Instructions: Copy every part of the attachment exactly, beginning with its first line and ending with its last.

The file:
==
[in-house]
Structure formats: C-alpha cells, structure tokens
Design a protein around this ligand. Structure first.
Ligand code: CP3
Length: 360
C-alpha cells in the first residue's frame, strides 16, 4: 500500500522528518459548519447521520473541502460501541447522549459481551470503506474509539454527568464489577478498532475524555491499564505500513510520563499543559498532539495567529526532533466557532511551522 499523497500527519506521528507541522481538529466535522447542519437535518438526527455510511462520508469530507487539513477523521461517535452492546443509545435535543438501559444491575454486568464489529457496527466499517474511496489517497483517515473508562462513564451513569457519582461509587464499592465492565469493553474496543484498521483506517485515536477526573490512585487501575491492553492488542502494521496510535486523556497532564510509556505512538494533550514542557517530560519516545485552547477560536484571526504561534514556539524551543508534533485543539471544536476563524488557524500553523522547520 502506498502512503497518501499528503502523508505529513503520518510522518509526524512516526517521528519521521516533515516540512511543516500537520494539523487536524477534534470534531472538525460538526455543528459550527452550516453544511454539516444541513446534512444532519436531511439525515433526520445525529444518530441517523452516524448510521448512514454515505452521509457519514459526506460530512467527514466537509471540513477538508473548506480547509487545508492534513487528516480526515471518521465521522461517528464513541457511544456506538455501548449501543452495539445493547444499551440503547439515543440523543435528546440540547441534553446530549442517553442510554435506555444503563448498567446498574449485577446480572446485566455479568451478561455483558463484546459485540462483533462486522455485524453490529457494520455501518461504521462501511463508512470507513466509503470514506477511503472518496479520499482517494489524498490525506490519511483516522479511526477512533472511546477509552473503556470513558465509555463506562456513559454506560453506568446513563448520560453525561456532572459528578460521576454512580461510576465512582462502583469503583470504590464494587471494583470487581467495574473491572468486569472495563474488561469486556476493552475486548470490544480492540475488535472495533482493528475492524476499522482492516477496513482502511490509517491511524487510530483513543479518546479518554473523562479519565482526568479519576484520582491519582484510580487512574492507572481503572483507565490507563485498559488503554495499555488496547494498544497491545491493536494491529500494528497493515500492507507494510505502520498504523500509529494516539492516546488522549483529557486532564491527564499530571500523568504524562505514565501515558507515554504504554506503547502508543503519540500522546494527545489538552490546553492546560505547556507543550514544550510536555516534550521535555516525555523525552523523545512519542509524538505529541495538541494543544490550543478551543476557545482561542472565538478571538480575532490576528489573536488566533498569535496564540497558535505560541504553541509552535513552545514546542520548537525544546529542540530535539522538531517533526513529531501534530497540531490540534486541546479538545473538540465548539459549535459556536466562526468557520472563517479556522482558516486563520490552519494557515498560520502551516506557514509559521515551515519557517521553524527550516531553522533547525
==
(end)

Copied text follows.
[in-house]
Structure formats: C-alpha cells, structure tokens
Design a protein around this ligand. Structure first.
Ligand code: CP3
Length: 360
C-alpha cells in the first residue's frame, strides 16, 4: 500500500522528518459548519447521520473541502460501541447522549459481551470503506474509539454527568464489577478498532475524555491499564505500513510520563499543559498532539495567529526532533466557532511551522 499523497500527519506521528507541522481538529466535522447542519437535518438526527455510511462520508469530507487539513477523521461517535452492546443509545435535543438501559444491575454486568464489529457496527466499517474511496489517497483517515473508562462513564451513569457519582461509587464499592465492565469493553474496543484498521483506517485515536477526573490512585487501575491492553492488542502494521496510535486523556497532564510509556505512538494533550514542557517530560519516545485552547477560536484571526504561534514556539524551543508534533485543539471544536476563524488557524500553523522547520 502506498502512503497518501499528503502523508505529513503520518510522518509526524512516526517521528519521521516533515516540512511543516500537520494539523487536524477534534470534531472538525460538526455543528459550527452550516453544511454539516444541513446534512444532519436531511439525515433526520445525529444518530441517523452516524448510521448512514454515505452521509457519514459526506460530512467527514466537509471540513477538508473548506480547509487545508492534513487528516480526515471518521465521522461517528464513541457511544456506538455501548449501543452495539445493547444499551440503547439515543440523543435528546440540547441534553446530549442517553442510554435506555444503563448498567446498574449485577446480572446485566455479568451478561455483558463484546459485540462483533462486522455485524453490529457494520455501518461504521462501511463508512470507513466509503470514506477511503472518496479520499482517494489524498490525506490519511483516522479511526477512533472511546477509552473503556470513558465509555463506562456513559454506560453506568446513563448520560453525561456532572459528578460521576454512580461510576465512582462502583469503583470504590464494587471494583470487581467495574473491572468486569472495563474488561469486556476493552475486548470490544480492540475488535472495533482493528475492524476499522482492516477496513482502511490509517491511524487510530483513543479518546479518554473523562479519565482526568479519576484520582491519582484510580487512574492507572481503572483507565490507563485498559488503554495499555488496547494498544497491545491493536494491529500494528497493515500492507507494510505502520498504523500509529494516539492516546488522549483529557486532564491527564499530571500523568504524562505514565501515558507515554504504554506503547502508543503519540500522546494527545489538552490546553492546560505547556507543550514544550510536555516534550521535555516525555523525552523523545512519542509524538505529541495538541494543544490550543478551543476557545482561542472565538478571538480575532490576528489573536488566533498569535496564540497558535505560541504553541509552535513552545514546542520548537525544546529542540530535539522538531517533526513529531501534530497540531490540534486541546479538545473538540465548539459549535459556536466562526468557520472563517479556522482558516486563520490552519494557515498560520502551516506557514509559521515551515519557517521553524527550516531553522533547525